Following a car accident, especially if you’ve never been in one before, the situation can be overwhelming.
There are many things you’ll have to get done, including getting in touch with insurance to determine your coverage.
That’s just the tip of the iceberg in many cases, especially if you weren’t at fault. When you’re not at fault in a car accident, it can be more complex, as counterintuitive as that sounds.
The following are things to know as far as comparing what happens in an at-fault accident versus one where you’re not-at-fault.
What Does No-Fault Mean?
There are two general types of vehicle accidents in the eyes of an insurance company, which are at-fault and no-fault. No-fault means you weren’t responsible for the accident, and at-fault means you caused it.
Insurance companies use these fault determinations to decide which driver caused the crash and which driver’s insurance is subsequently responsible for compensation.
Every state has its own rules as far as fault determination.
Some states are fault, and others are no-fault, which in this situation has its own meaning as well. Where you live or where an accident occurs will affect your claim process and the type of insurance you’re required to have.
Currently, 12 states are no-fault, and the other 38 are fault.
In a no-fault state, your insurance covers your medical expenses and property damage to your vehicle, no matter who caused the accident. If you live in a fault state, the at-fault driver’s insurance company is required to compensate the other driver for whatever their losses might be.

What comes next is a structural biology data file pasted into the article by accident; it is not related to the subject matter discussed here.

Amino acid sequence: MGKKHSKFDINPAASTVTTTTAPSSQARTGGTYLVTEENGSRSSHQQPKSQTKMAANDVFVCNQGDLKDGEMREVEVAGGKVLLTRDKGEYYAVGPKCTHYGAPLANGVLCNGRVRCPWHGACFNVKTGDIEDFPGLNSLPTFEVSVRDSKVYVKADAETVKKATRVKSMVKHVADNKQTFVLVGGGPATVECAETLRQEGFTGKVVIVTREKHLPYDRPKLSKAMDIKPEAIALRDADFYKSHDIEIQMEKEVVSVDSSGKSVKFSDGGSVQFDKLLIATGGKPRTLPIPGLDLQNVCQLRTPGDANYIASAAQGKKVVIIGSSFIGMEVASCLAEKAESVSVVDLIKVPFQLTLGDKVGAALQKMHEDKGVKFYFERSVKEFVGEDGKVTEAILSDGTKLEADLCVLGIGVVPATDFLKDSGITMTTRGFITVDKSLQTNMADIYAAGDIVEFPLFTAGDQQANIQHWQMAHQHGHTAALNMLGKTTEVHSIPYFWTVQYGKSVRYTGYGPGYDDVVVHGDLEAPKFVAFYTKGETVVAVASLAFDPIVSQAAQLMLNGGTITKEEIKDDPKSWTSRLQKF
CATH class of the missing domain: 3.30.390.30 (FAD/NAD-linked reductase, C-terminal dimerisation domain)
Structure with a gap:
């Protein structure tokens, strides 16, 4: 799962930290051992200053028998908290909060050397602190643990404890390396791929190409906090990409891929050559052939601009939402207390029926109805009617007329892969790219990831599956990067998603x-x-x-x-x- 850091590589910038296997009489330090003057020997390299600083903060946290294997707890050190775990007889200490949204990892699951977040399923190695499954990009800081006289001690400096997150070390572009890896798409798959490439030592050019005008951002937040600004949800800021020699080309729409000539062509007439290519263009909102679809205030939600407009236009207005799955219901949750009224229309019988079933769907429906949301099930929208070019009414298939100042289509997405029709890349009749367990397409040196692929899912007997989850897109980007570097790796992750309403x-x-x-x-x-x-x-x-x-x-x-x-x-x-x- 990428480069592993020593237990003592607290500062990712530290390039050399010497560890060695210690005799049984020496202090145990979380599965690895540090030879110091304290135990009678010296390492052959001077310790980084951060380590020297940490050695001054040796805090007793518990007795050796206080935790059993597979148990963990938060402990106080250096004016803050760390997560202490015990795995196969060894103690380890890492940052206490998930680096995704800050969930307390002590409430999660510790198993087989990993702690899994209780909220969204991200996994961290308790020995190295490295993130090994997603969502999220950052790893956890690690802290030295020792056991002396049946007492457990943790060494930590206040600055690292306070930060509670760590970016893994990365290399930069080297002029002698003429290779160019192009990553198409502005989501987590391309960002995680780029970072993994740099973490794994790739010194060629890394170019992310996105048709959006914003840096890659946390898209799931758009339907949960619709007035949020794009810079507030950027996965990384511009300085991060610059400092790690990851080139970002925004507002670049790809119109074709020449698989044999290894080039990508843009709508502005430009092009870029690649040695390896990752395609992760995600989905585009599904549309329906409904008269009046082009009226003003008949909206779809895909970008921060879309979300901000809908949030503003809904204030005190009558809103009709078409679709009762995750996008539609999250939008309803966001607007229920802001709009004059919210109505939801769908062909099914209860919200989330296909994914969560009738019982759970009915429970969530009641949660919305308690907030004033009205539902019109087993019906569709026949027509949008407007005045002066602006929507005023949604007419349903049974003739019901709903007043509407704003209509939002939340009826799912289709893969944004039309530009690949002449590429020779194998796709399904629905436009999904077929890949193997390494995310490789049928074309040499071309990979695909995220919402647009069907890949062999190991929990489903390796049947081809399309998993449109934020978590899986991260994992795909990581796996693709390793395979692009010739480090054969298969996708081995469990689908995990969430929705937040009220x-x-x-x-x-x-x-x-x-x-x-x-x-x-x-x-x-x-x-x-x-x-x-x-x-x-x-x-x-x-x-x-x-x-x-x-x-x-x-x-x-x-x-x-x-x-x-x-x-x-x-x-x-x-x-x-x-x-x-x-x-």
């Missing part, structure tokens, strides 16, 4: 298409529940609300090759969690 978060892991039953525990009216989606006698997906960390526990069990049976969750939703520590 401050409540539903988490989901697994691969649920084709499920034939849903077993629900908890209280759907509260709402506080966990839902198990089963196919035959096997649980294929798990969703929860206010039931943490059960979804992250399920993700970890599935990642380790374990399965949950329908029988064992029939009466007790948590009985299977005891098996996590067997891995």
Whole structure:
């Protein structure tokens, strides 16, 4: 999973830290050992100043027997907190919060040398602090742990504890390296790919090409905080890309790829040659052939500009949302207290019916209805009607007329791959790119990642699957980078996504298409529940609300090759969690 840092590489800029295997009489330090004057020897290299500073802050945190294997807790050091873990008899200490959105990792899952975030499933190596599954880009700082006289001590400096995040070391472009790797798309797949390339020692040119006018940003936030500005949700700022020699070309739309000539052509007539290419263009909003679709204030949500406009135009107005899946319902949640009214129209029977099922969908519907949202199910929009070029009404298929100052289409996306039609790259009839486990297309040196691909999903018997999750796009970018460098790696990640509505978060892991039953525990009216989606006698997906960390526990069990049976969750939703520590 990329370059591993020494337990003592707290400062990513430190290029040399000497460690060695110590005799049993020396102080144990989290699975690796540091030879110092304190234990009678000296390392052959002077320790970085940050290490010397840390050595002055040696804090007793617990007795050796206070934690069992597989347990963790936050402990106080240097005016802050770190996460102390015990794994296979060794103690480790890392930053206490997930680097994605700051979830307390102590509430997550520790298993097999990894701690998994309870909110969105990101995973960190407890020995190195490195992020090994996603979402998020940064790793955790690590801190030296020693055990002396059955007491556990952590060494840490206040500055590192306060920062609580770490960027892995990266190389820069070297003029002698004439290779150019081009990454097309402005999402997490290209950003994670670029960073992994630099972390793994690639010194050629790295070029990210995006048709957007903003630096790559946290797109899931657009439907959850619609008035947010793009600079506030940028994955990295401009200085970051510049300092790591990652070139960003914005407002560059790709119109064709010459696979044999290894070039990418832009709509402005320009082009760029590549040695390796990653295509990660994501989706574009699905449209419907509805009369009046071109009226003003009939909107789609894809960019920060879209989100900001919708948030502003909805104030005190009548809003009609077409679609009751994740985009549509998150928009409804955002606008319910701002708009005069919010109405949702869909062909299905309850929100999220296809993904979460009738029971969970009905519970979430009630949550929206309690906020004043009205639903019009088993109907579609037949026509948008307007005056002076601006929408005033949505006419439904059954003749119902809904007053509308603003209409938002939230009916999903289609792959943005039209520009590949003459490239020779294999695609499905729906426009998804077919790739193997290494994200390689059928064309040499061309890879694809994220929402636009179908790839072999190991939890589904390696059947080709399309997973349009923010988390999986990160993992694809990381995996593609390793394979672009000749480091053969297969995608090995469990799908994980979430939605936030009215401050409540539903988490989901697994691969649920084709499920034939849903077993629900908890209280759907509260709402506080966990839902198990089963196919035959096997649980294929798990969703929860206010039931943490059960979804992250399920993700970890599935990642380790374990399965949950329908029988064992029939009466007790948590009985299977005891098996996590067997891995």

If you live in a no-fault state, you’re required to have Personal Injury Protection Insurance or PIP. PIP pays for losses after an accident. If you live in a fault state, you’re not required to have this type of coverage, but some consumers will buy it as an add-on to their policy.
Types of Negligence
If you live in a fault state, then there is a term to be aware of, which is negligence. Negligence indicates fault as far as insurance goes. If you’re found to be negligent in a collision, then you’re at fault.
There are three categories of negligence: pure contributory, pure comparative, and modified comparative.
- Pure contributory negligence means that the insurance company reimburses a driver only if they’re entirely without blame for the accident. If the other driver played even a small role in the accident, they aren’t eligible to receive insurance compensation. There are four states in the U.S. as well as the District of Columbia following this negligence standard.
- Pure comparative negligence bases an insurance payout on a percentage of fault. Twelve states use this, three of which are no-fault states. It’s challenging to determine the exact percentage of fault someone’s responsible for in a collision
- Modified comparative negligence considers how much of an accident was a driver’s fault, but there’s usually a threshold of 50% or 51%. Over 30 states follow the modified comparative negligence model.